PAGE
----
Let’s get the obligatory lyrical diversion out of the way first. Ukulele-hop band Twenty One Pilots believe that, “When you write music expressing doubt or concern, people come out of the woodwork to listen.”
Not so in finance, where the absence of doubt is a career-enhancing benefit. You can understand the compulsion from two perspectives. With an audience all ears and anxious for explanation, journos need answers; not necessarily the right ones, just something plausibile to fill the airwaves and column inches. The experts, meanwhile, have careers to forge and bonuses to make.
And so, after the S&P 500 had fallen 10.2 per cent over nine trading days since 26 January, our screens were taken over by those with a brief; to make the unknowable certain and to offer the appearance that someone, somewhere knows what the hell just happened and what will happen next.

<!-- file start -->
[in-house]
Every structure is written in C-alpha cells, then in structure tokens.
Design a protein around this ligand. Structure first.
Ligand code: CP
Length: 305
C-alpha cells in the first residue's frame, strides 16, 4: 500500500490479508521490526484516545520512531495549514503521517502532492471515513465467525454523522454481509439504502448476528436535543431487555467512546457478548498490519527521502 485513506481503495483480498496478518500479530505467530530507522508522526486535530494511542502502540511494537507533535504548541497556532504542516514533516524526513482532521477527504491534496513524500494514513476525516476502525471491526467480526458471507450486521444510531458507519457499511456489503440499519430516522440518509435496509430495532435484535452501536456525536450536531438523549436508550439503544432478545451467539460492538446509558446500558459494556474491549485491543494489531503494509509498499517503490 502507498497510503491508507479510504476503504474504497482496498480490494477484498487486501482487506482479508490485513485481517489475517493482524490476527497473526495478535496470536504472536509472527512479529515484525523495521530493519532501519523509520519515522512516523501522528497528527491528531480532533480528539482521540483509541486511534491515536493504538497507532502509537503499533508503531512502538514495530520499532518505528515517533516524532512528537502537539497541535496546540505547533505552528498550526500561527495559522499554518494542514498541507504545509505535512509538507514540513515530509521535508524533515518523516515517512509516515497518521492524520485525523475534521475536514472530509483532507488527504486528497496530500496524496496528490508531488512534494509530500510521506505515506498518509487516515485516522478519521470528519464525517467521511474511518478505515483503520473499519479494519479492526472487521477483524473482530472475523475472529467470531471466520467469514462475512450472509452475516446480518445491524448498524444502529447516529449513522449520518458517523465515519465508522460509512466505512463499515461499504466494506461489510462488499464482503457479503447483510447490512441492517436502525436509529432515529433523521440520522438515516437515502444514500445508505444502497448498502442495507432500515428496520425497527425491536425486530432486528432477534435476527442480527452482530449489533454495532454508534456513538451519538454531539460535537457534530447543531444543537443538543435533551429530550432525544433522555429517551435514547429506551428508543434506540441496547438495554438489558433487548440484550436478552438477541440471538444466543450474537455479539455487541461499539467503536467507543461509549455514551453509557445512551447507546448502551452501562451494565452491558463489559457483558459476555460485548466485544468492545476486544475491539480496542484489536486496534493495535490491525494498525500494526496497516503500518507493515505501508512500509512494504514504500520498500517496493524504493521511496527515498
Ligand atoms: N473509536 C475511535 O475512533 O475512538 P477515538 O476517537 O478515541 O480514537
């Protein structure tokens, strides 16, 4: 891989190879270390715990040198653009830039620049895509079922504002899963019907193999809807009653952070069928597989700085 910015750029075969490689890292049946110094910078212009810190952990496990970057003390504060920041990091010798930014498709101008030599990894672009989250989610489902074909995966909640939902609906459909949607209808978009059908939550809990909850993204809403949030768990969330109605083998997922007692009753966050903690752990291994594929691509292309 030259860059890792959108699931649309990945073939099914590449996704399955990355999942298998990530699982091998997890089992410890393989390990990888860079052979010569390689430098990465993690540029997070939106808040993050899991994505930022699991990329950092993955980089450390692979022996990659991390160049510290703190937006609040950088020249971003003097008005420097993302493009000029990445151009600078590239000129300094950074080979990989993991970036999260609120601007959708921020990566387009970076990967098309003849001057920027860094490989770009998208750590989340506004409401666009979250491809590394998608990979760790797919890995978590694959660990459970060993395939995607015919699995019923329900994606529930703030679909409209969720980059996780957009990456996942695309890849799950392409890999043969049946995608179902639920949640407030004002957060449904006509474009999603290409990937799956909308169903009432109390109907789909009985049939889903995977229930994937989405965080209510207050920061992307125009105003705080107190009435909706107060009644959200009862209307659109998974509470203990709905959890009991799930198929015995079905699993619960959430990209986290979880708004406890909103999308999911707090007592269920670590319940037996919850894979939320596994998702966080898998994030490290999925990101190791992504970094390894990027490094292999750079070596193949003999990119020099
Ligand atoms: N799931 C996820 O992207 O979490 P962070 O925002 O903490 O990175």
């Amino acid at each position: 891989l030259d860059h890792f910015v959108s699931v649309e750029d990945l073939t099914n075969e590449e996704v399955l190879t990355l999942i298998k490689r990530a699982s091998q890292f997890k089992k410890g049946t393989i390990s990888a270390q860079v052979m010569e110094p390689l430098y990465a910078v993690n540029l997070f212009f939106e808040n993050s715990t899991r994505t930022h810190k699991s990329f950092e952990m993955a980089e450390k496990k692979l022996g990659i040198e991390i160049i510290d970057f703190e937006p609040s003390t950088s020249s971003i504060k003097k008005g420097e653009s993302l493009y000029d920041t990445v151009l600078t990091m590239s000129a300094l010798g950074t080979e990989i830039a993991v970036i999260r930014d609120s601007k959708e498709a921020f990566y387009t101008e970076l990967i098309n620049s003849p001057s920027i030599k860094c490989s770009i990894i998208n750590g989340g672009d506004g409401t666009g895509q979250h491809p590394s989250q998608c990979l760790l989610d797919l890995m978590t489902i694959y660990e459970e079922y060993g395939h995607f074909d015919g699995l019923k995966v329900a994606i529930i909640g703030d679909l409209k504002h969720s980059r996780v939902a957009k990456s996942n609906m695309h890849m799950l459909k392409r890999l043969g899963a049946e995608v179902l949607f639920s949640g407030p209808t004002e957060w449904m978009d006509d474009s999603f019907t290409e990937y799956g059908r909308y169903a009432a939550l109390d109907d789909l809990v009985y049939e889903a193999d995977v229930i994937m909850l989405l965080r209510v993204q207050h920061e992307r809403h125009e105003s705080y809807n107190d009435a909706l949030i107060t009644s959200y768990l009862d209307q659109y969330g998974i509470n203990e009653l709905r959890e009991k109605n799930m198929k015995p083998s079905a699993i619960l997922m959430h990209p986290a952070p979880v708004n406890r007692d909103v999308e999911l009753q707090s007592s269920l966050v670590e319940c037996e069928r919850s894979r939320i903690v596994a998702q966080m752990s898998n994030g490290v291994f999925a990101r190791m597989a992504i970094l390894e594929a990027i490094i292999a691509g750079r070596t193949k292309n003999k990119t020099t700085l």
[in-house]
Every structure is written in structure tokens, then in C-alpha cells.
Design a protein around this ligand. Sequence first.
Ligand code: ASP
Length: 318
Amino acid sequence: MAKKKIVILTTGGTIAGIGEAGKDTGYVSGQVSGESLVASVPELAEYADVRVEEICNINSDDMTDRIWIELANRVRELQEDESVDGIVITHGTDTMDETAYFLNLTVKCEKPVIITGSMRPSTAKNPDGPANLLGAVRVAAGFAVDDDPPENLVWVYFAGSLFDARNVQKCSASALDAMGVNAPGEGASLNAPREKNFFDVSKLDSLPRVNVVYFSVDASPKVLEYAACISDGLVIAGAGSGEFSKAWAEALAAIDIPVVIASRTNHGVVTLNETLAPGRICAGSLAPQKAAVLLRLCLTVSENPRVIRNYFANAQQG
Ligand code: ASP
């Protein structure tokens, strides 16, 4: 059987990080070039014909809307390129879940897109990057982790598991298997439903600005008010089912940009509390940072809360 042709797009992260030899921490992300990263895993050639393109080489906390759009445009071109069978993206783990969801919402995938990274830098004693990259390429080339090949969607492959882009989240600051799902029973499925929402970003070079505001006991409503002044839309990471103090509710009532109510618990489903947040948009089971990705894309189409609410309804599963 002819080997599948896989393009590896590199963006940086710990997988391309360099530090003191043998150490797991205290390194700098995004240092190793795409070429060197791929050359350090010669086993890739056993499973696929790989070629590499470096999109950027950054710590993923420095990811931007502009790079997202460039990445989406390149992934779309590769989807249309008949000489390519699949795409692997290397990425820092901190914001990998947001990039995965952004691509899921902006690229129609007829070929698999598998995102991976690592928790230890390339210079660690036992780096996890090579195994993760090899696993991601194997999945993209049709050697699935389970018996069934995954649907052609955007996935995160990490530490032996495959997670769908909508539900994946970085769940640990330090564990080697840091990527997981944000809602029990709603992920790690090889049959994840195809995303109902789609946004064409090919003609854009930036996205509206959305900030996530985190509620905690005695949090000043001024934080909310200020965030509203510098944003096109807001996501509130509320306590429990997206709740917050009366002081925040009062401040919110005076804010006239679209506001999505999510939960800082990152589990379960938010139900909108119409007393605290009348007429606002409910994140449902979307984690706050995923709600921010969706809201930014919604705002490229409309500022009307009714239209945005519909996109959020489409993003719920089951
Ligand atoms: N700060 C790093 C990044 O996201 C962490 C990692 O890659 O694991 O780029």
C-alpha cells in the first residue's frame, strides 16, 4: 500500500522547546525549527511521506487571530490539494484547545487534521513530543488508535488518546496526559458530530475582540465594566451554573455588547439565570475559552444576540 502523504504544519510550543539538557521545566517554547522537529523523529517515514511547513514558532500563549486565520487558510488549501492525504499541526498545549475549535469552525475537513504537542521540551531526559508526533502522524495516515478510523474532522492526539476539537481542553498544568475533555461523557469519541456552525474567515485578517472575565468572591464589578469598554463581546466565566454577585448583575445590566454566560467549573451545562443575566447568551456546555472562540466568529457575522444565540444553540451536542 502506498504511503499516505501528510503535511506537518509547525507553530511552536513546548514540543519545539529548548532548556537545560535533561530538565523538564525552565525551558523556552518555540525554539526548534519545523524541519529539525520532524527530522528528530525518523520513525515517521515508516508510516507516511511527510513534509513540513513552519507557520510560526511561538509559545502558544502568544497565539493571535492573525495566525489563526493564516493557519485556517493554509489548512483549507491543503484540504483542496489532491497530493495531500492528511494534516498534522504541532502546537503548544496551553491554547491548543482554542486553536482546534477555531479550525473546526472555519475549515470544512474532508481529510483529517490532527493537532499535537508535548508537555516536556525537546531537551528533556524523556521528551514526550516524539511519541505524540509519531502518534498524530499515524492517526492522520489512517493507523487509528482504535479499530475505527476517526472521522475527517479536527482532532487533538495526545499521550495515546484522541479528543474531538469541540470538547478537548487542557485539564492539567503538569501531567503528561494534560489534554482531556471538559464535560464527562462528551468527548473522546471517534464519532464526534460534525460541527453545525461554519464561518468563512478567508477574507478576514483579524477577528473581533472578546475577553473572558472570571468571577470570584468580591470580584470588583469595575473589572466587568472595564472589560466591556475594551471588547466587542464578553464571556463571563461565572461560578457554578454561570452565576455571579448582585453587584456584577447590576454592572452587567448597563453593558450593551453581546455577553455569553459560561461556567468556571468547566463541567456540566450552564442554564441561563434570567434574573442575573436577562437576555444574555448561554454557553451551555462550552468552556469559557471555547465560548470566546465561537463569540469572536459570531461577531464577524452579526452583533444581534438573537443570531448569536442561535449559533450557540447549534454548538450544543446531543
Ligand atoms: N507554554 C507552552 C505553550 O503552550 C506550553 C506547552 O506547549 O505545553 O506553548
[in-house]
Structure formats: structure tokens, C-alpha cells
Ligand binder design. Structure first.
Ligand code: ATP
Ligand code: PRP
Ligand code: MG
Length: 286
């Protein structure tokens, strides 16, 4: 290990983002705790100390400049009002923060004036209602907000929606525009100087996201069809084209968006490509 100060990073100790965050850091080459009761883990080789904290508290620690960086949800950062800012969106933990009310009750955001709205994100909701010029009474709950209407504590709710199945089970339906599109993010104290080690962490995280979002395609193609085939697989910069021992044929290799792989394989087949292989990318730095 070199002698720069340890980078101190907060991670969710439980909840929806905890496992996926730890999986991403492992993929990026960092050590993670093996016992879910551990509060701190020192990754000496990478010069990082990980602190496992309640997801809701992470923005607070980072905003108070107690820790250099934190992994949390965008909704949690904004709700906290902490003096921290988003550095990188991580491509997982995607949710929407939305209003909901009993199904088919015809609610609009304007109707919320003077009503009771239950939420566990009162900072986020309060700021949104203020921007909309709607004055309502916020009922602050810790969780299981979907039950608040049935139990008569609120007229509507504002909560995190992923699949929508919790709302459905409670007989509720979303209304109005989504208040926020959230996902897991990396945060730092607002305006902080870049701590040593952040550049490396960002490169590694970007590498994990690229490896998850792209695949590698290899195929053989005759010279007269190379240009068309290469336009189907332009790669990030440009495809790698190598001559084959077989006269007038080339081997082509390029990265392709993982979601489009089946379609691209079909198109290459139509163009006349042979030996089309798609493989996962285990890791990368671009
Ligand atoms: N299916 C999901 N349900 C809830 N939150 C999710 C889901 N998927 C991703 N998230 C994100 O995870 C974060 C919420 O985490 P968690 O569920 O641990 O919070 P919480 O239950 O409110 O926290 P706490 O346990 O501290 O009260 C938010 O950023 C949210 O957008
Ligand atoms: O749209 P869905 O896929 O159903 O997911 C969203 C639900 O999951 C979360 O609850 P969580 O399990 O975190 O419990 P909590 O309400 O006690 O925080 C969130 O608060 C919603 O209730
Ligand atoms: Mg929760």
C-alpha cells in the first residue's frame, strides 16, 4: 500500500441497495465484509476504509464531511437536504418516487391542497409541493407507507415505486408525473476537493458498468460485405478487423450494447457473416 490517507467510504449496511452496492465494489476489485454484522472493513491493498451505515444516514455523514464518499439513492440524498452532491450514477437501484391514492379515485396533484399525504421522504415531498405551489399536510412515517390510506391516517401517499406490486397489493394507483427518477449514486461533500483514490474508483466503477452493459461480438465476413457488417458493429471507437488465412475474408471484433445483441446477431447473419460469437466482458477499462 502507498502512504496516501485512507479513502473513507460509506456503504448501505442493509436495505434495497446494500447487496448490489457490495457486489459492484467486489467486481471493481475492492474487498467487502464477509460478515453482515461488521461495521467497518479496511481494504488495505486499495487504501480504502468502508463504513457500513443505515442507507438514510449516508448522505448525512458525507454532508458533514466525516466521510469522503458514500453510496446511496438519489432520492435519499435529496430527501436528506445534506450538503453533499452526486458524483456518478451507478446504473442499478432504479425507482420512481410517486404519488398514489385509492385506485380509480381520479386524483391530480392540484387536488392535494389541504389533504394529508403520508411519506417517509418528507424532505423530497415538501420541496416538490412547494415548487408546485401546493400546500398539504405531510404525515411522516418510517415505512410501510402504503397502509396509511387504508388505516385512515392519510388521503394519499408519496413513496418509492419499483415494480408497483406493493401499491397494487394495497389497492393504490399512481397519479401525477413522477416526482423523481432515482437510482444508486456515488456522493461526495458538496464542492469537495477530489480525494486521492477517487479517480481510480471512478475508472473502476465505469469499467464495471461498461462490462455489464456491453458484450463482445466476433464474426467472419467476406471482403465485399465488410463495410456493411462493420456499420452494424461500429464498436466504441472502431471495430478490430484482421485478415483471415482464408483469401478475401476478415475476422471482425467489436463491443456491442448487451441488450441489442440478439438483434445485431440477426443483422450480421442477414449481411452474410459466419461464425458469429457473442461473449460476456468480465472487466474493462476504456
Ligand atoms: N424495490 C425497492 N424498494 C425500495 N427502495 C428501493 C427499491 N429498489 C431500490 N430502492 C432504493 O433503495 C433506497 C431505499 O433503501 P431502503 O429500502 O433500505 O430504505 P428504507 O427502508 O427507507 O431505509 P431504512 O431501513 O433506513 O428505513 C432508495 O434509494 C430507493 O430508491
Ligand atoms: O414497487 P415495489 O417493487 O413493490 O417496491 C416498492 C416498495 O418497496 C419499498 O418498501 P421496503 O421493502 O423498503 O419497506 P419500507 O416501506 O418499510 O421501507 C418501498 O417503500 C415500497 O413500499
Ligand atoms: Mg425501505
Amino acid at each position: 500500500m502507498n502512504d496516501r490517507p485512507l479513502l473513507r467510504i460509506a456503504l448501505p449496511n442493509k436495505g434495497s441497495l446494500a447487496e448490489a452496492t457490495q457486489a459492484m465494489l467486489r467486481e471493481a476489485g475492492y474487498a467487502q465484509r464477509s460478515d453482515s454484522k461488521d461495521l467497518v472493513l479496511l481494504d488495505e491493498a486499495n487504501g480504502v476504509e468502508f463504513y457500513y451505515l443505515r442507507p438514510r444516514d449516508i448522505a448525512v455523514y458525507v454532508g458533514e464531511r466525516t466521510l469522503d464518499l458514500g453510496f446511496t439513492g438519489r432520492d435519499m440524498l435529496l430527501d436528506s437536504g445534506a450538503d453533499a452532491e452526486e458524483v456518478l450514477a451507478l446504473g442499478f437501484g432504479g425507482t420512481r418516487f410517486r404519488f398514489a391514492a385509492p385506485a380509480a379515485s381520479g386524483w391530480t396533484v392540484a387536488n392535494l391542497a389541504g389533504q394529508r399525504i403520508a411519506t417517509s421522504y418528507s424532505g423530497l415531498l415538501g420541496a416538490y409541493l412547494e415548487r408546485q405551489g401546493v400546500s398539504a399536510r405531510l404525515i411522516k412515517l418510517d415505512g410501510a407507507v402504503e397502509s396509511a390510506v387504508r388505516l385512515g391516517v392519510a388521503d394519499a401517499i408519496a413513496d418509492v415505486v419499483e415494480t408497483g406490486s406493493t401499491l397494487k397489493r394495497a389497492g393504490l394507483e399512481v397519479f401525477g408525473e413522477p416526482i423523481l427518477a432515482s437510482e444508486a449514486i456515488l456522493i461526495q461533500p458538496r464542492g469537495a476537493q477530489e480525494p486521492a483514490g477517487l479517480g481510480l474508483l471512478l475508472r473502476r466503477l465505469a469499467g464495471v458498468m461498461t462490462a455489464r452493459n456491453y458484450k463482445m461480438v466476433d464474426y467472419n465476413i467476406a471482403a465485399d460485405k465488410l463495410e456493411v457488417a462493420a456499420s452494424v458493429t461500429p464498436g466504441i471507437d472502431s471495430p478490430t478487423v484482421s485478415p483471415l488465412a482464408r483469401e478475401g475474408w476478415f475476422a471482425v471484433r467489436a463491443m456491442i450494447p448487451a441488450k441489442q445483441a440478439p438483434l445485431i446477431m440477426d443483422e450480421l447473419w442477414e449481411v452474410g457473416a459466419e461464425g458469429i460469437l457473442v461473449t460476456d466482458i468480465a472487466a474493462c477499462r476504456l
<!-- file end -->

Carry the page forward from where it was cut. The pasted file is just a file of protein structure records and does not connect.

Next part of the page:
Twenty One Pilots-style doubt doesn’t last long under such conditions. If it did, we’d have a more honest, reflective financial culture. One where Bernie Madoff would be singing like a bird from his cell and Goldman Sachs wasn’t a bank but a misogynistic glam rapper that got a taxpayer bailout each time he crashed his Lambo (kinda true, if you think about it). Instead, we get a cavalcade of finance bots excelling in ex-post rationalisation.
I’ll freely admit that periods like this drive me crazy. Billy Bragg once sang that, “No one knows anything anymore”. In finance, where not many knew much to begin with, those that do know something also understand how much cannot be known. Such people, if they get a chance to speak, are not listened to. This is how foolish wars begin and fortunes are lost.